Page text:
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Is Cryptocurrency Investment or Gambling?

Cryptocurrencies, most noticeably Bitcoins, rarely leave the headlines. Slumps and spikes are followed closely by millions of crypto-owners worldwide. Cryptos are no longer exclusive to tech geeks; many individuals and companies see them as investments. However, the rollercoaster-like behaviour of cryptocurrencies imposes a question: is it investment or gambling?

Walking on Eggshells

Few assets are as volatile as cryptos. A few days ago, Bitcoins went below the USD 30,000 line for the first time since JulY 2021. The nosedive was due to a complex combination of long-term and short-term events, plus the crash of a stable coin. At least, that’s the explanation given by market experts. For the average crypto investor worldwide, it came out of the blue.

The financial market has always been ruthless, but cryptos have increased volatility. In comparison to cryptocurrency investment, there are still ways of playing it safe in an online casino. If you bet on red numbers in a roulette game, you know that your chances of winning are nearly 50/50.

There’s no way of saying so with cryptos; anything can happen. Their value is speculative and can change according to the situation. Cryptocurrencies are decentralised currencies, which means it’s not regulated by any national bank, country, or financial institution.

Unlike fiat currency, the value attributed to cryptos isn’t anchored on any real-life asset, such as gold, lands, or another commodity. Instead, cryptos must be “mined” via incredibly complex calculations processed by computers.


The Pizza Day

The first bitcoin transaction in history became known as the “Pizza Day”. In 2010, a California guy named Laszlo convinced a local Papa John’s to trade two pizzas for 10,000 BTC. It looked like a bargain back then; today, it could make Laszlo a millionaire: USD 299,606,000.00. That’s how much bitcoins have increased in 12 years. No other asset has increased so much in such a short timeframe, but it also tells volumes about its volatility.

A Distant Mirror

Market bubbles aren’t new in human history. Let’s consider “tulipmania” for a moment. Tulipmania was a bubble created in the 17th-century Dutch market. Dutch tulips were all the craze at the time, and some people would go as far as investing six times the average yearly salary to buy one. Indeed, some of the rarest buds could cost as much as USD 750,000 in today’s money.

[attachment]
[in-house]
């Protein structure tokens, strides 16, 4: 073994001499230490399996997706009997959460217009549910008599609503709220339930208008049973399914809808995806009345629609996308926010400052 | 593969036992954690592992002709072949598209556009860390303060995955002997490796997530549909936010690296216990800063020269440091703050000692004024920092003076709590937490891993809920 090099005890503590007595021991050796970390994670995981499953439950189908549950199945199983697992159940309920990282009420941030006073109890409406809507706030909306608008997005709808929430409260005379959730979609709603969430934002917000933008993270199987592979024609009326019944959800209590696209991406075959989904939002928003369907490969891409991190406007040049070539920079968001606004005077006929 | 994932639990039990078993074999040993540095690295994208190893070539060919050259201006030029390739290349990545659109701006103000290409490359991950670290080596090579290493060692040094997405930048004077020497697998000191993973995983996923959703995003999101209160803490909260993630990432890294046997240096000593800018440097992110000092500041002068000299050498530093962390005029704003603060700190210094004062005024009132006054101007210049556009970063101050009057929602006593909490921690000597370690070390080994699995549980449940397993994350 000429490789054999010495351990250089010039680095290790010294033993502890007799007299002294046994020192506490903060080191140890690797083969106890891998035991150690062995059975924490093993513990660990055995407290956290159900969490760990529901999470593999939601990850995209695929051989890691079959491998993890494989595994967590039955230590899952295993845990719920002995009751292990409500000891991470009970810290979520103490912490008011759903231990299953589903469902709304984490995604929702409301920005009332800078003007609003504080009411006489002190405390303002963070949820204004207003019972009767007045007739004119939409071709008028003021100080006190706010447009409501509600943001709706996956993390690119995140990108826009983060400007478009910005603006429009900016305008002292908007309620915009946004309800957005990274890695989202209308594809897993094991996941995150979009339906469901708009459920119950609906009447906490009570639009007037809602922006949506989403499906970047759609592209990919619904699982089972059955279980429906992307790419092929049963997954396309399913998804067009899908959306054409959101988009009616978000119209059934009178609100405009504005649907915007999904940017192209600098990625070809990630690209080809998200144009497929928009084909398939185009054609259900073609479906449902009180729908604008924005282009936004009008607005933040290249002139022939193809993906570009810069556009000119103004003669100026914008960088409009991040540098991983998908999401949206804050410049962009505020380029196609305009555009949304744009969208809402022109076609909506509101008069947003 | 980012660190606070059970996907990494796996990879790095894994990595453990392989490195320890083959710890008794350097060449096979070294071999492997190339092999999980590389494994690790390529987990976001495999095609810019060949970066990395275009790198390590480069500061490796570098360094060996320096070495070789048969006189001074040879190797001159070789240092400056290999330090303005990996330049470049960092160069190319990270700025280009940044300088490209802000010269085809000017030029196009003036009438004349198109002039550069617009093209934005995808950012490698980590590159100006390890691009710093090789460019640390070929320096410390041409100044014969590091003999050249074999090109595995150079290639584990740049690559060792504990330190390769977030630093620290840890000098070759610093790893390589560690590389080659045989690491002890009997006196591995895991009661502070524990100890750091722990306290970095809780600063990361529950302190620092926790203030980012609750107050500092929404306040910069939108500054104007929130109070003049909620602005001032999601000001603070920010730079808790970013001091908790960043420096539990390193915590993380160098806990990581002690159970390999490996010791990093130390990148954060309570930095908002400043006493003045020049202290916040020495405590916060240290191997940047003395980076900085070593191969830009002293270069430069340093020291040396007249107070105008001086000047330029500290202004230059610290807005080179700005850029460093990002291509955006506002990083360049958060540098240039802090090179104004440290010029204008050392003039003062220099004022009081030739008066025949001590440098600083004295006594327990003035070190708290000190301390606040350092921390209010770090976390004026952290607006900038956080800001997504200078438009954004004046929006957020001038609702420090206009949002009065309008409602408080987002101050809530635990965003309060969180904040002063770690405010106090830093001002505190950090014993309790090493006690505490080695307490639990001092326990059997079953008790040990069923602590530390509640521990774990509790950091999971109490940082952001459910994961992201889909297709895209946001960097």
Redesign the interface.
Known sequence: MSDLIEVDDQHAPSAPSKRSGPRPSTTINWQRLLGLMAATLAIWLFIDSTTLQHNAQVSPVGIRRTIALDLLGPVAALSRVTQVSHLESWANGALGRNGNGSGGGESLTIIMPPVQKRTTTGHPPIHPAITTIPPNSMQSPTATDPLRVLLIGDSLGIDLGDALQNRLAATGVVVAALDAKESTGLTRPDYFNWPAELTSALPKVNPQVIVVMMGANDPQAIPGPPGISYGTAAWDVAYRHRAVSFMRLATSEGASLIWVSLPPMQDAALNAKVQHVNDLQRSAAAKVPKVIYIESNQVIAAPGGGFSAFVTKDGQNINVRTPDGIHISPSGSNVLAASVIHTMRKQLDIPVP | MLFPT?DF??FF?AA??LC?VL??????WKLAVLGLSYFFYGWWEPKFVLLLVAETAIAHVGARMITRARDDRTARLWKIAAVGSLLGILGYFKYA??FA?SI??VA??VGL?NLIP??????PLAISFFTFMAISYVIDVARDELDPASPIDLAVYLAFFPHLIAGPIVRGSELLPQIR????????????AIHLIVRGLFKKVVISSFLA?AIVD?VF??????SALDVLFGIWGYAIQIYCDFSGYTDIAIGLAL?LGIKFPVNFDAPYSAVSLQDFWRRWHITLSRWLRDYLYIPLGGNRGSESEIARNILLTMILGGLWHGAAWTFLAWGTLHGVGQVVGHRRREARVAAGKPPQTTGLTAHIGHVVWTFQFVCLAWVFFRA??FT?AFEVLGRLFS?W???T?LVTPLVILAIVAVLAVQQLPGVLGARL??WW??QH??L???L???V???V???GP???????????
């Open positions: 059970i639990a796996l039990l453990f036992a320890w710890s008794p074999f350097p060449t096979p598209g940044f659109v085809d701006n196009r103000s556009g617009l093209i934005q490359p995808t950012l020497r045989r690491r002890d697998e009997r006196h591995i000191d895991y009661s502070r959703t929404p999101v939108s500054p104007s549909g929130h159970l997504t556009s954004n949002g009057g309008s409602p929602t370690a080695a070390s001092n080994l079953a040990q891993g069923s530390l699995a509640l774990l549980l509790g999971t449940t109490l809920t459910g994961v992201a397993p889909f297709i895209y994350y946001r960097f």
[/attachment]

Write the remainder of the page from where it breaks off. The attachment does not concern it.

The tulipmania went on for about three years, between 1634 and 1637. During this time, entire fortunes were invested in it. Investors bought them using margined derivative contracts, and massive loans, buying way more than they could repay. After all, tulips were an easy investment. No one suspected that this bubble could ever burst, or even what a market bubble was at that point.

Dutch investors from the period learned it the hardest way. As soon as prices began to drop, investors rushed to liquidate their bulbs, plunging prices even deeper. Many investors were left bankrupt, with unpayable debts and worthless bulbs. The tulipmania vanished into thin air the same way it came into existence. Could that be the future of cryptos?

Too Big to Disappear

If it’s true that a simple tweet shakes cryptos (from, let’s say, a guy like Elon Musk), that fact is that cryptos are now too big to disappear. International companies of all industries and even entire countries are joining the crypto trend. It turns out that cryptos can be seen as an investment, although with a lot of care.

The main difference between investing and gambling here is how long you’re willing to stay in the game. Although cryptos have already made some investors rich overnight, it’s not an investment plan. Buying cryptos for short-term gains looks very much like gambling, chiefly because you can get caught in a bad moment, like in the recent crash.

However, if you have long-term goals for your cryptos, then we start talking about investment. Nevertheless, some golden rules for gamblers also apply here. First of all, never invest money you can’t lose. Putting your life savings into a crypto-wallet definitely falls into the gambling category, no matter how long you plan to keep them. Here are some basic requirements for investing in cryptos responsibly.

  • Do it from a financially stable position
  • Don’t risk money for essentials on it, expecting short-term gains
  • Invest in different cryptos, not only one

A Matter of Perspective

Cryptos’ volatile nature makes them feel like slot machines. Still, it’s possible to take them as investments, as long as they don’t threaten your financial health. Although a crash like the tulip crisis seems unlikely, putting all the eggs in this particular basket is highly inadvisable. Less advisable still is to invest in this market without proper knowledge of its developments. In this fast-developing landscape, the market can have a change of heart at any moment.

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